I see children as instinctively creative and analytic, innately mathematical. School done wrong, particularly math class done wrong, has a way of putting out this light inside of young people. This is a story about seeing it happen.
I teach at Saint Ann’s School, where grades are not allowed and creativity holds perhaps the highest value. When you strip away grades as the source for authority and remove standard course content, “the leadership of the teachers arises from their intellect and accomplishment,” quoting the mission. “There is no other source of status.” Remove those things, and classes can spend their time learning from each other, driven by passionate personal interest.
In sharp contrast, I am spending part of my summer teaching math to incoming fifth and sixth graders at a small private summer session. The demands on me are simple. Get the kids a head start on next year. Do what’s in the book. Have them do every page in six weeks. This means we have to do about seven pages a day. Homework is given letter grades each day. Incomplete work must be made up, and poor work must be corrected. Ignoring the fact that these homemade books are full of misguided activities and tons of typos and mistakes, the primary focuses are arithmetic, terminology, and standard tricks for deciphering “what they’re asking.” Much of it could be classified as mathematical busy work. A lot of the content and techniques are new to students, but they have to move quickly to “just doing it” in order to get through the work load.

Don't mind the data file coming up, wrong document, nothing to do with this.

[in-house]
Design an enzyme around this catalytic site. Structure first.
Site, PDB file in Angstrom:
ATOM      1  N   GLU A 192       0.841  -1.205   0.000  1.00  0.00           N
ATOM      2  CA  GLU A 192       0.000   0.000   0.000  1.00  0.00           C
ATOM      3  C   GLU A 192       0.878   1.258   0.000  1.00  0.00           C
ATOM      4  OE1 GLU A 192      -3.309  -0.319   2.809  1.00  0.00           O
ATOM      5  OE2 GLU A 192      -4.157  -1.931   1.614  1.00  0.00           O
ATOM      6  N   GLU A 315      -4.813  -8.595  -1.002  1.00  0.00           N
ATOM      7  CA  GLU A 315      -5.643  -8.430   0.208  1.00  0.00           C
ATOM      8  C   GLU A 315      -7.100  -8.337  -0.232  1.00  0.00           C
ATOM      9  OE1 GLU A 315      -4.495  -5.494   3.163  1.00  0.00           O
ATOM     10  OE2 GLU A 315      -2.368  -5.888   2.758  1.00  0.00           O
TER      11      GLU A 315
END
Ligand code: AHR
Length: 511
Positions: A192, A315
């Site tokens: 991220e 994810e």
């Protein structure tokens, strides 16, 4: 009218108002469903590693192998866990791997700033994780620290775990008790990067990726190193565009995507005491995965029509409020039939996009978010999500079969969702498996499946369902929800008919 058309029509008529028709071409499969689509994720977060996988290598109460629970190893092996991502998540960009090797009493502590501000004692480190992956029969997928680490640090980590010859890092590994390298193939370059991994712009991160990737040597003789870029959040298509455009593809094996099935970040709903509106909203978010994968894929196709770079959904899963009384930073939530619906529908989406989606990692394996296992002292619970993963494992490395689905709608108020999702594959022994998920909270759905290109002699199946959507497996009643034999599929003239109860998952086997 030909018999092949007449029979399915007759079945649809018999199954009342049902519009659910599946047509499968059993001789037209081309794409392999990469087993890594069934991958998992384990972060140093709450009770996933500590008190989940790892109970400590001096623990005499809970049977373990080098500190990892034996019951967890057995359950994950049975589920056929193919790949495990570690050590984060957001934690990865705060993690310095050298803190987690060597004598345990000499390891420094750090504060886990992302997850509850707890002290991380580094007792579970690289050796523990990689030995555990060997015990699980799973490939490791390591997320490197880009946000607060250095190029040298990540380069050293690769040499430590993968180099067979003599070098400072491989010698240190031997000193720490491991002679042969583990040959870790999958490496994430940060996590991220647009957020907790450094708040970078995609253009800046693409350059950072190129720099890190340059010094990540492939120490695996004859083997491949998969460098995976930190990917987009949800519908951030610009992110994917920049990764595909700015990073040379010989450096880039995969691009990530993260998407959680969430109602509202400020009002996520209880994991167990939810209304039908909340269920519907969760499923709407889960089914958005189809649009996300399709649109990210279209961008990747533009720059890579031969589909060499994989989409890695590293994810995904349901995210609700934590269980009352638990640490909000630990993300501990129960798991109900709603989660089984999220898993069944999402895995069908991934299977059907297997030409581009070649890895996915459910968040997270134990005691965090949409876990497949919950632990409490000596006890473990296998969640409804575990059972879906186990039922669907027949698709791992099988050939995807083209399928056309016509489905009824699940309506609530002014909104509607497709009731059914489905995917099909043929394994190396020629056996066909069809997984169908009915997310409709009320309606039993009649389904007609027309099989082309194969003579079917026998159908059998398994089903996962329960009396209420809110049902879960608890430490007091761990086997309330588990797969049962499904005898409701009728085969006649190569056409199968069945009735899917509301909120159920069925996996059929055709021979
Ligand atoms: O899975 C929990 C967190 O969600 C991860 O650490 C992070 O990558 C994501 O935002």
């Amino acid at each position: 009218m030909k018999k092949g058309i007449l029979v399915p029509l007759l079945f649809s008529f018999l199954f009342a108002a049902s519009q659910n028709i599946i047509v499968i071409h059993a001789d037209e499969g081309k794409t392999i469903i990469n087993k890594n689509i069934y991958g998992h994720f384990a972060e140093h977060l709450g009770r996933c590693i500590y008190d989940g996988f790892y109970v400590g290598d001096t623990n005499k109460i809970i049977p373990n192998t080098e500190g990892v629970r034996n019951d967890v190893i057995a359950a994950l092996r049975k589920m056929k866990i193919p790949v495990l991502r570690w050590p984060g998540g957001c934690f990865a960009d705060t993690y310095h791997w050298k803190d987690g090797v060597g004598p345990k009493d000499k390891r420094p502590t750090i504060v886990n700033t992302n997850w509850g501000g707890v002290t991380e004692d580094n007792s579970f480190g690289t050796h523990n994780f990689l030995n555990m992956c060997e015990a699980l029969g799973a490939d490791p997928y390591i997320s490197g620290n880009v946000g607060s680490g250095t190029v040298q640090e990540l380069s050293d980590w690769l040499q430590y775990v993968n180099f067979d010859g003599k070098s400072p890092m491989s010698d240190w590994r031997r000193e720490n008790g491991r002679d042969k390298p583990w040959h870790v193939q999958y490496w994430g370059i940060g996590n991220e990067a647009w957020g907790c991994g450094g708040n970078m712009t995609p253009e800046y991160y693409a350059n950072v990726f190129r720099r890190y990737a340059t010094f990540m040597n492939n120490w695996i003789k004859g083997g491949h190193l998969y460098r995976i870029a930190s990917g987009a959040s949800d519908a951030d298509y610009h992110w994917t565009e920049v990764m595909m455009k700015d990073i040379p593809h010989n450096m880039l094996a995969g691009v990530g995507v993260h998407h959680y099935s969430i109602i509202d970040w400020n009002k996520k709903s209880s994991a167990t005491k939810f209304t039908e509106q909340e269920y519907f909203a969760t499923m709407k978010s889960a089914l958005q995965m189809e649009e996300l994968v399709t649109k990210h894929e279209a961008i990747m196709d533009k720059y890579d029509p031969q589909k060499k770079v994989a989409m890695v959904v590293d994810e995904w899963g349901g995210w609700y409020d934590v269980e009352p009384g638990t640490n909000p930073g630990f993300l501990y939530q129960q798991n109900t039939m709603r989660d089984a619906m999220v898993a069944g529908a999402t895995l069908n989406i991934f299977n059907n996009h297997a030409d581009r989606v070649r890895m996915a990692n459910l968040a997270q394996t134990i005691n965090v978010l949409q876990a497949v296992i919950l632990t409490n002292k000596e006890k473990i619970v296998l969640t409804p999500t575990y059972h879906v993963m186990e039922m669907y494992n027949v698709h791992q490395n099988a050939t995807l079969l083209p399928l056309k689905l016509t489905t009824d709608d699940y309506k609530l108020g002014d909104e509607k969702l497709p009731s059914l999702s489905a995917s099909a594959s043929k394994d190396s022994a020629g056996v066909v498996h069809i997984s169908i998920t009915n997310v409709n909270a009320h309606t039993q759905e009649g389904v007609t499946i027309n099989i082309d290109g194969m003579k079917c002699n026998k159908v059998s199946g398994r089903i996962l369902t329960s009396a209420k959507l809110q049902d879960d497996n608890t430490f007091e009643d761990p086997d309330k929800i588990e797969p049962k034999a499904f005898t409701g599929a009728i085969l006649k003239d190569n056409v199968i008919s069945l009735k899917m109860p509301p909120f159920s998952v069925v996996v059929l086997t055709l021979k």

What keeps me there is the thought that in my time with the kids, I can get them through the busy work, narrating along the way, and then stoke their mathematical fires by challenging them with really compelling and inviting math problems. I felt great about last year, but one of my current students has really shaken me up, today especially.
* * *
He really struggles to complete his homework, always saying how distracted he gets. Doing so many problems each day, he struggles to work “at pace.” And yet, this guy gets on a roll whenever he relies on his intuitive number sense. He wants “his strategy.” “I’m just trying to find a strategy,” he says, finishing too few problems again. He analyzes what he’s doing to the point that he slows down to think until he’s figured out exactly how it works. In short, this kid can’t do all of the work, because he’s thinking too much about it!
Having seen the change in his face when his strategy clicks, and he starts nailing it, today was particularly hard. Long dividing two decimals was tricky for him, and kicking himself for being slow again, his face lit up. “I think I figured something out,” he said, “math is like just doing work.”
I was gutted, but I knew exactly where he was coming from. The demands are simple: do the work until it’s done. The program doesn’t care how he thinks. Get the work done. Despite my backing, the head teacher pushed to bring him down to fourth grade. He was embarrassed enough for her to change her mind, but the trouble was clear. This student is in a learning environment too rigid to give him thinking time.
* * *
He possesses a unique knack for numerical reasoning. He has so much to celebrate and enjoy developing, but he’s being rushed through tons of material and busy work for the sake of “high standards.” The book asks almost nothing of his own naturally creative math insight, so he does little thinking for homework. Class time tells him he’s too distracted and too slow, so his only regular time with mathematics is negative. And so, he slowly writes off his positive experiences with problem-solving.
Mathematics requires time to think and create. Asking students to blow through grunt work with handed down shortcuts is foolish. Students need time to make up their own strategy. In fact, making up the strategy is the part that’s mathematics. Take that away and you’re just doing work.